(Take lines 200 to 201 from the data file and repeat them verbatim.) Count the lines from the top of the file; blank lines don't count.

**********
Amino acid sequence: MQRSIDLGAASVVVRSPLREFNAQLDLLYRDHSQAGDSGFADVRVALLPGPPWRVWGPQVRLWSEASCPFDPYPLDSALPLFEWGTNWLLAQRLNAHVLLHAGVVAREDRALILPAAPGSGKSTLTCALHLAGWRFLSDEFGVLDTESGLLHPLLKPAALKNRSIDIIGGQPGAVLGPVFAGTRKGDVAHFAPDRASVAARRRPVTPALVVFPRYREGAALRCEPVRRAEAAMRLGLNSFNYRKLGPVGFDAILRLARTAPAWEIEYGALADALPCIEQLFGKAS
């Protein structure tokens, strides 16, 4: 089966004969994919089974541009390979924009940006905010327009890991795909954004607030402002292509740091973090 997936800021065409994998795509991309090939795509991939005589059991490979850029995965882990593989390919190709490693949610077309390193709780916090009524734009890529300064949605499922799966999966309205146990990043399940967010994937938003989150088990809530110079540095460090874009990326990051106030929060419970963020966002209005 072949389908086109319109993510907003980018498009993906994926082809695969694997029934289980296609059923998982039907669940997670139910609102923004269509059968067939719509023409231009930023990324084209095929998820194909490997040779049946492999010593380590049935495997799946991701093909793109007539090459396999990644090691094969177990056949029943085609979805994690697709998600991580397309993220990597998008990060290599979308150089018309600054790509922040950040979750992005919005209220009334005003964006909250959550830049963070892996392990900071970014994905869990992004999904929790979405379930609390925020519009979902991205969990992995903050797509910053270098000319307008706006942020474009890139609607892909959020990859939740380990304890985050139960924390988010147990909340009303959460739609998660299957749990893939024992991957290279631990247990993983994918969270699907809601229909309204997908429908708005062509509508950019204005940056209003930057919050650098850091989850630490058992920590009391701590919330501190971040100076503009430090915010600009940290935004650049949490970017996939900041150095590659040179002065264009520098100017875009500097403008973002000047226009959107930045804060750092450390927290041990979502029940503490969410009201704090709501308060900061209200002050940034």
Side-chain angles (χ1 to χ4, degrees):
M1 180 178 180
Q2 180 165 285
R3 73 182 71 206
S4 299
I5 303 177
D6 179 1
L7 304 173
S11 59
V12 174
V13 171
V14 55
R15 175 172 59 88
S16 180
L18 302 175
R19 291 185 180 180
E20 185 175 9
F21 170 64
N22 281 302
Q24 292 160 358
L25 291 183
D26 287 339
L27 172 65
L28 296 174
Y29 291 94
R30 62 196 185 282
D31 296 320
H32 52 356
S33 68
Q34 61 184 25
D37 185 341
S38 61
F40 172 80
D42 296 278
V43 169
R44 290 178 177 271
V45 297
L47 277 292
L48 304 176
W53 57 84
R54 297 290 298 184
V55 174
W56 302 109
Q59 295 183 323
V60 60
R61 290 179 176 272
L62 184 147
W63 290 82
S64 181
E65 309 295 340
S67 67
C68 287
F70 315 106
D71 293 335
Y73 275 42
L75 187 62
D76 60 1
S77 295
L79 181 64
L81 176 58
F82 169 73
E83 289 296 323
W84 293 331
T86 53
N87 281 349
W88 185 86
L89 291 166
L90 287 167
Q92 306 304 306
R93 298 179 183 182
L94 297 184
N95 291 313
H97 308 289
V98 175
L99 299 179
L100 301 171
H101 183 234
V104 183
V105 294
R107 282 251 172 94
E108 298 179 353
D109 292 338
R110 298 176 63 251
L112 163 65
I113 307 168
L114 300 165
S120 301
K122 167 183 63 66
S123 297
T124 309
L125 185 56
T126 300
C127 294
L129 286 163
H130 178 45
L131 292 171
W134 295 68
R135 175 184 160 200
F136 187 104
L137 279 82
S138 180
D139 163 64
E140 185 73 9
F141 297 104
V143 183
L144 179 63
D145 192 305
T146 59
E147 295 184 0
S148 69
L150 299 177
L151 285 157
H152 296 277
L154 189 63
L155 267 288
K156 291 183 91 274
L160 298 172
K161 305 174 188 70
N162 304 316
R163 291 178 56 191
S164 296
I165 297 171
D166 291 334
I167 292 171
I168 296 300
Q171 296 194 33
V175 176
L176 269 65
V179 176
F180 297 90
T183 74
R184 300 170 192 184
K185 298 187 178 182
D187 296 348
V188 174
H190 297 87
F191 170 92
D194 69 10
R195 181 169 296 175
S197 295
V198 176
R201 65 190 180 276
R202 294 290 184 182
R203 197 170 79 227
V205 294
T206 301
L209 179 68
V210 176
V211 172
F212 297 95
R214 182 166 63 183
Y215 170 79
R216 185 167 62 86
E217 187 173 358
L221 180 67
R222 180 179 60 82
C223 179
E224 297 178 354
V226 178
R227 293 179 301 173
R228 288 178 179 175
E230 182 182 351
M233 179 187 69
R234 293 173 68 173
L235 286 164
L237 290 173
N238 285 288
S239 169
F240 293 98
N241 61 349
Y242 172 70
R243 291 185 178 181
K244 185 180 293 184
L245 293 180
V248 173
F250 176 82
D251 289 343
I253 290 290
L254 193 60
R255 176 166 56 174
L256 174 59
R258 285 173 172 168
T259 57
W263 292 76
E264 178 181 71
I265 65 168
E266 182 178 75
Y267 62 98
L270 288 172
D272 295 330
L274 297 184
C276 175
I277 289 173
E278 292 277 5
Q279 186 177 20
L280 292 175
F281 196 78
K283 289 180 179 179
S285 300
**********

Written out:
K283 289 180 179 179
S285 300